Maryland governor pardons over 175,000 low-level marijuana convictions

(Reuters) - The governor of Maryland pardoned more than 175,000 low-level marijuana convictions on Monday, an executive action he said was aimed at addressing the disproportionate impact the state's drug policies have had on people of color.

The mass pardon by Governor Wes Moore, a Democrat, comes after Maryland residents voted in November 2022 to legalize adult use of marijuana through a ballot referendum.

"We cannot address the benefits of legalization if we do not address the consequences of criminalization," Moore said on Monday, noting that people with convictions have a harder time obtaining housing, education and employment even after they've served their sentences.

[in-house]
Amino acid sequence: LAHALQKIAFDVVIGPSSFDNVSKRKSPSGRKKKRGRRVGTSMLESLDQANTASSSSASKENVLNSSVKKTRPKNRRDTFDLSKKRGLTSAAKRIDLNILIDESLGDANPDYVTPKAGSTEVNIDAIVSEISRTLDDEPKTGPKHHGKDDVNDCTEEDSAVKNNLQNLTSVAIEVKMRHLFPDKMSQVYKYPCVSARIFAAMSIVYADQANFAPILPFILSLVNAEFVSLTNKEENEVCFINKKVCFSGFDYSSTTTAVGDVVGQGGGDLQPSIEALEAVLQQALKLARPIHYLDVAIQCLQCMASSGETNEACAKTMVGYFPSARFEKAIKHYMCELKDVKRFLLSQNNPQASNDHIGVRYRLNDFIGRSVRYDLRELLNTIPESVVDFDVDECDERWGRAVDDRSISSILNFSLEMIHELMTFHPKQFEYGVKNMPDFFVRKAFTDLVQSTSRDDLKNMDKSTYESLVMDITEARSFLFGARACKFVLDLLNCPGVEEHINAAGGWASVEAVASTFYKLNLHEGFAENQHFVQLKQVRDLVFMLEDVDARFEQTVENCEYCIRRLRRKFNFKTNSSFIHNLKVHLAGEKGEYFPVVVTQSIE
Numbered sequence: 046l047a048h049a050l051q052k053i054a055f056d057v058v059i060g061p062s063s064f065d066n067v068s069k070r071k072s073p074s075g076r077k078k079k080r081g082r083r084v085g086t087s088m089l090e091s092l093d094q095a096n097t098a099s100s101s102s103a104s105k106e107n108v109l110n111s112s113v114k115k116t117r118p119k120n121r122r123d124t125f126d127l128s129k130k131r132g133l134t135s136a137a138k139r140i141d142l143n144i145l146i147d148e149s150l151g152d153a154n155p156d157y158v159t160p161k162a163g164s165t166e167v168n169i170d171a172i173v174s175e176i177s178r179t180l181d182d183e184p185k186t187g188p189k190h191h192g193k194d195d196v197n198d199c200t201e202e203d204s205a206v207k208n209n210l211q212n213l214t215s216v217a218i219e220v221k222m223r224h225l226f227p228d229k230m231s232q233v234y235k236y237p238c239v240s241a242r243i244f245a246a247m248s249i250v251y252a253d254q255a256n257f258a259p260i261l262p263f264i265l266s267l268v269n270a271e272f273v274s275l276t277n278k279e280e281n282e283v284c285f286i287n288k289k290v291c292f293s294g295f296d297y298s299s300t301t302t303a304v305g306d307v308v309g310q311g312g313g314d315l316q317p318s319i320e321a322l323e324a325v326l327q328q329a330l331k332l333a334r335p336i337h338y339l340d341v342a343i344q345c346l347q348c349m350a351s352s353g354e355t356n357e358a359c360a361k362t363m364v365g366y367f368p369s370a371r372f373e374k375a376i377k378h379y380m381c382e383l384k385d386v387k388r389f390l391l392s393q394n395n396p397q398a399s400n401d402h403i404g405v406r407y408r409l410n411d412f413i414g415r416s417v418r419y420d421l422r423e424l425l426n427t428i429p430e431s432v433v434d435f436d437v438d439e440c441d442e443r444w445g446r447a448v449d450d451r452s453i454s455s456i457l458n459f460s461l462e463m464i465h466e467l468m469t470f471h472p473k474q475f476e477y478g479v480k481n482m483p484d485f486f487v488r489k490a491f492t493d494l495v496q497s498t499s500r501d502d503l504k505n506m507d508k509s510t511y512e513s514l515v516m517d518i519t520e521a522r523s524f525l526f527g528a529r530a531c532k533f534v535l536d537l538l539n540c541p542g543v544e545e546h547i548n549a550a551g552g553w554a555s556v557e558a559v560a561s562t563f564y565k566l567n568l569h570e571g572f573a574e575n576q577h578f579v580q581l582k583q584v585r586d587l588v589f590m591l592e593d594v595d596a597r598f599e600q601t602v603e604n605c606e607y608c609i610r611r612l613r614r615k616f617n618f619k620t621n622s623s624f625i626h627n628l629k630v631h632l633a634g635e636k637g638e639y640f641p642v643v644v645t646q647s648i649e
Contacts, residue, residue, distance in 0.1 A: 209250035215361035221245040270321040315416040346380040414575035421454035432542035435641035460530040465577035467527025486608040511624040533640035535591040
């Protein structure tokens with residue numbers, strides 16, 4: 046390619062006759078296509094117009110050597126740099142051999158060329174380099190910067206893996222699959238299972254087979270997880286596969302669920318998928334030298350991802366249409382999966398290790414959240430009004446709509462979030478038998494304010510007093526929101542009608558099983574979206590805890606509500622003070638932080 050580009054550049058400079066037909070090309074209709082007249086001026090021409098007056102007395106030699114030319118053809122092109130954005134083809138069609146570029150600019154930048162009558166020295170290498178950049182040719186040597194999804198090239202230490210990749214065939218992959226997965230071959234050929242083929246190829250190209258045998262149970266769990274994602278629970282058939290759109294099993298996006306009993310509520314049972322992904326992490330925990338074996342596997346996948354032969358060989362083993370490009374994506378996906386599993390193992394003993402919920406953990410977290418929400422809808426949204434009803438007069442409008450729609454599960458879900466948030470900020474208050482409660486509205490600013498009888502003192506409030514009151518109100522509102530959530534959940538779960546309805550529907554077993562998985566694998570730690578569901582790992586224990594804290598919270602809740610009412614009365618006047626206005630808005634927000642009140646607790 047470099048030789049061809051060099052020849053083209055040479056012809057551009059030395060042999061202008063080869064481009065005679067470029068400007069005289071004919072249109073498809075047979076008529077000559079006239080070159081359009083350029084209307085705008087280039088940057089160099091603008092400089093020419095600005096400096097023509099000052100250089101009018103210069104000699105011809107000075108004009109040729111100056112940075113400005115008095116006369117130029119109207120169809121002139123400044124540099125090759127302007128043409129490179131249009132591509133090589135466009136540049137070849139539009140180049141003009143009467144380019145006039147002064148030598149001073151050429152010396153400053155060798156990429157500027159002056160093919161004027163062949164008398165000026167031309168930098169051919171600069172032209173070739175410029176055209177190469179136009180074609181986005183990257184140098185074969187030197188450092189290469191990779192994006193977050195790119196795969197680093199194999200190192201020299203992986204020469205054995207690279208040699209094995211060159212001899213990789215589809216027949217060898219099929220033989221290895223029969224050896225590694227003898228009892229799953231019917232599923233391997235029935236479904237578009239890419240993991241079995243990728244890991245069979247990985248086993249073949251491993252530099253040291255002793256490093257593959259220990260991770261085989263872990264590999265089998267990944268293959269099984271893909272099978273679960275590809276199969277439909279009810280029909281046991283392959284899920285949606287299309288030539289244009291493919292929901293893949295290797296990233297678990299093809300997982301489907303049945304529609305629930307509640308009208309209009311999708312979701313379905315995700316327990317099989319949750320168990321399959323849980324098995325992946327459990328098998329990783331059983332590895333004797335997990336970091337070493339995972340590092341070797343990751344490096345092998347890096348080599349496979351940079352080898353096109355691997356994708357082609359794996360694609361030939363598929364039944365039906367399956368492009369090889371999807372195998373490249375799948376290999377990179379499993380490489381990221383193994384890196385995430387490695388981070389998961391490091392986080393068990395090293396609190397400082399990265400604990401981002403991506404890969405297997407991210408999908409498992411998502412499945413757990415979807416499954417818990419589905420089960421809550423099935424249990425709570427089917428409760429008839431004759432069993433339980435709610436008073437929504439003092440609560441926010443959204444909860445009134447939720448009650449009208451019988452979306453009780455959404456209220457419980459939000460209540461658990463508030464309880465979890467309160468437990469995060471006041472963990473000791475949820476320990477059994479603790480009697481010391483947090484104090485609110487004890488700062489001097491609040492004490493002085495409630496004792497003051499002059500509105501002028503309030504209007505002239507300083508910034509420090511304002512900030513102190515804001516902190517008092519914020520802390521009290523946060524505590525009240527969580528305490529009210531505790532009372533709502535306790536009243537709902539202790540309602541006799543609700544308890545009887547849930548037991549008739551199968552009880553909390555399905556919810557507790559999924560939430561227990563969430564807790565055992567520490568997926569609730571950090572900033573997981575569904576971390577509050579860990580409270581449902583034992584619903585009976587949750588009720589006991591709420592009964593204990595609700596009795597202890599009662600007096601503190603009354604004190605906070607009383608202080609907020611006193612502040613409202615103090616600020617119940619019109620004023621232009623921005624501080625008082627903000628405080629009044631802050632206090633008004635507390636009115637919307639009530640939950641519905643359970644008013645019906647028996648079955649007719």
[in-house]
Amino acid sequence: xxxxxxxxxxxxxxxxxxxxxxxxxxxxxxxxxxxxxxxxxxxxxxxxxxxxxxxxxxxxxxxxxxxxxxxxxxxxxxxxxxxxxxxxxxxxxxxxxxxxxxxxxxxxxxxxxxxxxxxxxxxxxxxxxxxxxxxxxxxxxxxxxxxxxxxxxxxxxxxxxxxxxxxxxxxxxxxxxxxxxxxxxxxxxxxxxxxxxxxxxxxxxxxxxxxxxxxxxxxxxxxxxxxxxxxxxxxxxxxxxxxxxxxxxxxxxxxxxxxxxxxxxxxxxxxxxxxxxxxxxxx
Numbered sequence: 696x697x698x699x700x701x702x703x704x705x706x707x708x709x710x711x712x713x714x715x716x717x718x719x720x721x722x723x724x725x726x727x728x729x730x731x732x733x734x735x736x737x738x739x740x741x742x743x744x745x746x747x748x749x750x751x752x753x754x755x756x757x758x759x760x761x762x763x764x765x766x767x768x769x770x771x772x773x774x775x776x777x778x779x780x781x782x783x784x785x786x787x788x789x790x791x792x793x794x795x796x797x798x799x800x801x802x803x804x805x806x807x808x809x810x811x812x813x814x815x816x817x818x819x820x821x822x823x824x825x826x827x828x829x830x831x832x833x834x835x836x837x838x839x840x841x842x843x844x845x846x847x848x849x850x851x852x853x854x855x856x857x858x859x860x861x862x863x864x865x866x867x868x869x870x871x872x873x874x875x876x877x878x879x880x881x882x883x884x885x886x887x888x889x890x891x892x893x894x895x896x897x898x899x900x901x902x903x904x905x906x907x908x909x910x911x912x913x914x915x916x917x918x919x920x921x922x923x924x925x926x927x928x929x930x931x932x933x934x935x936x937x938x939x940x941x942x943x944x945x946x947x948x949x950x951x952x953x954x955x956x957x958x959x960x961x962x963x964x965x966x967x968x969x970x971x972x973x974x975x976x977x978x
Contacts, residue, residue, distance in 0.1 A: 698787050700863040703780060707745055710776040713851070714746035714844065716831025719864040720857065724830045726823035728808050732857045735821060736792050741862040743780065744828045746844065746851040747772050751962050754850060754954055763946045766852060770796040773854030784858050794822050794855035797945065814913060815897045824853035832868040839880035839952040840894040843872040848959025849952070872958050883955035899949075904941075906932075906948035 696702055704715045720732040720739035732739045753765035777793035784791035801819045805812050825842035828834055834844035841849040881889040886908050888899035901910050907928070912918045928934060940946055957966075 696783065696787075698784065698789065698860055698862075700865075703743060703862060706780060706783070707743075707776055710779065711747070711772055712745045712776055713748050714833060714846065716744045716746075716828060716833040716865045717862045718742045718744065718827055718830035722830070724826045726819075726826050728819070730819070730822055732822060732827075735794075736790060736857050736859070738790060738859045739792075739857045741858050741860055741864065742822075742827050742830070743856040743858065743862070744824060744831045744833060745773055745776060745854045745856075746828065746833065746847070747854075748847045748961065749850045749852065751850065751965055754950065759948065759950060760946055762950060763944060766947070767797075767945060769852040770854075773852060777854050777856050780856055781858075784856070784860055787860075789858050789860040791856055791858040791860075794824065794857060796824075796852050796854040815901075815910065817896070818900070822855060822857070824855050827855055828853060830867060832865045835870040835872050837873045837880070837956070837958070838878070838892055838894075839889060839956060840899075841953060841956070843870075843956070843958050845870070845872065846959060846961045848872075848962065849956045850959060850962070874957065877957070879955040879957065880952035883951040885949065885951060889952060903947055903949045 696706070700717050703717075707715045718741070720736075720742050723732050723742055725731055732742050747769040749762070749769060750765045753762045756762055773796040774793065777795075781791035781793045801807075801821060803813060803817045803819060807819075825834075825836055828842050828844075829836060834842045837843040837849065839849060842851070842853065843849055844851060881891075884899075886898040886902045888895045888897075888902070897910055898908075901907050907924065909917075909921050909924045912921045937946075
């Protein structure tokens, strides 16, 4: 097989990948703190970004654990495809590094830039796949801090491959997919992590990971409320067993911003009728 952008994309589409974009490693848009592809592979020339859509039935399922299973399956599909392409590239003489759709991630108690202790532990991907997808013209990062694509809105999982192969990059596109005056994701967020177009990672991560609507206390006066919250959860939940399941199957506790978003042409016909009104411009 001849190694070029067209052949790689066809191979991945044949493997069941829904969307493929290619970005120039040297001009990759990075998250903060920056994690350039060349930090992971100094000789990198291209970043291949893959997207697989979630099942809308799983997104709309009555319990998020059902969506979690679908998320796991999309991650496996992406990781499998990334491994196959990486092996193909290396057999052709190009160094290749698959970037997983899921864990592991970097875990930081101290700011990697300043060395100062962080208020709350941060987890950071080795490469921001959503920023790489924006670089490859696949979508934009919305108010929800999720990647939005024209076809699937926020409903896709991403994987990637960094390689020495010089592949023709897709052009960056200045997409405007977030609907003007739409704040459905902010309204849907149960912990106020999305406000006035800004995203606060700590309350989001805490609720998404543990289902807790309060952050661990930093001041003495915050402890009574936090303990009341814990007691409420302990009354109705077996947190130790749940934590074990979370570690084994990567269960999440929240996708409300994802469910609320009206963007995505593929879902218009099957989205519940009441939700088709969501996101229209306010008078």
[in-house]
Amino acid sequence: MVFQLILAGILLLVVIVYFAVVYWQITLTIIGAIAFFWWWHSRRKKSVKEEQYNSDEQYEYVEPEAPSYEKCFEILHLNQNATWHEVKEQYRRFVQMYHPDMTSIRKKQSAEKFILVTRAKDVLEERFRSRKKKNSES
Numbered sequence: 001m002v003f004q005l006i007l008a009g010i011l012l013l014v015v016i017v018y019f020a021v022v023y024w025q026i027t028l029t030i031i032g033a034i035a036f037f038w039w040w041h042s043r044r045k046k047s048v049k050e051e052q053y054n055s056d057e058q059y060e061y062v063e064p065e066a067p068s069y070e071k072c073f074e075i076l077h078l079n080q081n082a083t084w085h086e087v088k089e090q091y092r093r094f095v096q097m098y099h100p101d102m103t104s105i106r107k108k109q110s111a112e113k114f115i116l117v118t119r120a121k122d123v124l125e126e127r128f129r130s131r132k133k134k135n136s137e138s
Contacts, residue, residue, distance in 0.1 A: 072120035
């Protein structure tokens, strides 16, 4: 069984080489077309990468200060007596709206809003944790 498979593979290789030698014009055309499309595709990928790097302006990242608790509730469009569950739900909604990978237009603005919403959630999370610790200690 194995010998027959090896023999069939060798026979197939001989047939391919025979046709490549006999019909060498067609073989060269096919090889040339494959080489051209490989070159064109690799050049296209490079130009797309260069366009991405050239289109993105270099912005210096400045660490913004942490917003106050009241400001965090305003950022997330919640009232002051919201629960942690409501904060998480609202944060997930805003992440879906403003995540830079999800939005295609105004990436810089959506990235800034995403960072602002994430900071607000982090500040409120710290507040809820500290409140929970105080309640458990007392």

The move comes on the heels of a similar mass pardon in Massachusetts, and after President Joe Biden has issued pardons in recent years on federal drug convictions. In April, Biden's administration took steps to make marijuana use a less serious crime at the federal level.

Black Americans have historically been more than three times as likely as white Americans to be arrested on marijuana charges, according to research from the American Civil Liberties Union.

"If you look at the past, you see how policies have been intentionally deployed to hold back entire communities," Moore said. "We're talking about tools that have led to the mass incarceration of Black men and boys."

The executive order pardons convictions related to misdemeanor possession of cannabis and certain convictions for misdemeanor possession of drug paraphernalia, Moore said.

Marijuana use and possession remains illegal under federal law, but 24 states have legalized the recreational use of marijuana under state law. Thirty-eight states and Washington D.C. allow medical use of marijuana, according to the National Conference of State Legislatures.

(Reporting by Gabriella Borter, Editing by Franklin Paul)